Monday, Dec 22, 2003
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By Our Staff Correspondent
Gurunath Jantikar, general secretary of the organisation, told presspersons on Saturday that the Cabinet had "virtually violated" the internationally accepted principles of cooperation by approving the amendments.
He said the Government was planning to bring about the amendments through an Ordinance or by placing a Bill in the coming legislature session.
By effecting the amendments, the Government planned to take over the powers of inquiry into irregularities, superseding of cooperatives, and their liquidation, which were now wrested with Federal Cooperative, an elected body governing cooperatives.
This defeated the very purpose of setting up cooperative societies, which had been performing better than the State-controlled ones, he added.
One of the most important principles of the International Cooperative Alliance was that cooperatives should be formed voluntarily.
The proposed amendment to Section 4(1) of the Act would give full power to the Registrar of Cooperative Societies to approve or disapprove the formation of cooperatives, he said. This amounted to taking away powers of voluntary formation vested with the promoters of these bodies, Mr. Jantikar said.
Amendments to sections 35, 36, and 37 of the Act would enable the Government to initiate suo motu proceedings into irregularities in cooperative societies, while the amendment to Section 38 would empower the Government to supersede cooperatives.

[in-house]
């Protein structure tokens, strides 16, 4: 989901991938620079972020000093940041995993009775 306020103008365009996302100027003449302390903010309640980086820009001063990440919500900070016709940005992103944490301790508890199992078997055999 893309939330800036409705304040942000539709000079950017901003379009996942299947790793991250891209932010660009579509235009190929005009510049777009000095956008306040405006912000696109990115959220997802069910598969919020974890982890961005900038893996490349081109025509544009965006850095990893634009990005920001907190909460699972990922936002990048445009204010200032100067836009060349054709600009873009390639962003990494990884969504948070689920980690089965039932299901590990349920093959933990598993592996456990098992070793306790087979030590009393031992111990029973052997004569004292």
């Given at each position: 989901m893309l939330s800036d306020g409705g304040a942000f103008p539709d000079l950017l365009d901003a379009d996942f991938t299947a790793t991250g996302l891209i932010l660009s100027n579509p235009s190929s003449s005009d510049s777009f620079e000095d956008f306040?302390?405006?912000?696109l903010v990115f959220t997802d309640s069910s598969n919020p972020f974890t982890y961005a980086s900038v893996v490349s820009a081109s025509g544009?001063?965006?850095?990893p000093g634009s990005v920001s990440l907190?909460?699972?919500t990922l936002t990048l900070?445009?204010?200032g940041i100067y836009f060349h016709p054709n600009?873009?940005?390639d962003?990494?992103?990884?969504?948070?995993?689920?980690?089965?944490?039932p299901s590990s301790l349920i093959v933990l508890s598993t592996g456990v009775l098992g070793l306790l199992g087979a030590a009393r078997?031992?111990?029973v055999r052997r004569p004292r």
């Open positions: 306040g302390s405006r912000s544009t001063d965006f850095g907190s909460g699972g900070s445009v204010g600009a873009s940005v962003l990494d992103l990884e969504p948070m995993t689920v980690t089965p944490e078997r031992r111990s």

Other amendments would allow it to liquidate them. These changes were unwarranted and were detrimental to the growth of the cooperative movement in India, Mr. Jantikar said.
The Act had been modelled on a draft prepared by the Central Planning Commission based on the Ardhanareeshwaran Committee's recommendations.
The committee had stated in clear terms that interference by the Government was the prime reason for the under performance of cooperatives, and suggested the enactment of an Act that would provide autonomy to these institutions.
By amending the Act, the Government was trying to revive its control over the cooperative societies, which would provide scope for corruption, Mr. Jantikar said.
He warned that his organisation and over 250 cooperatives formed under the Act in the State would stage a State-wide protest against the Government if it went ahead with the amendments.
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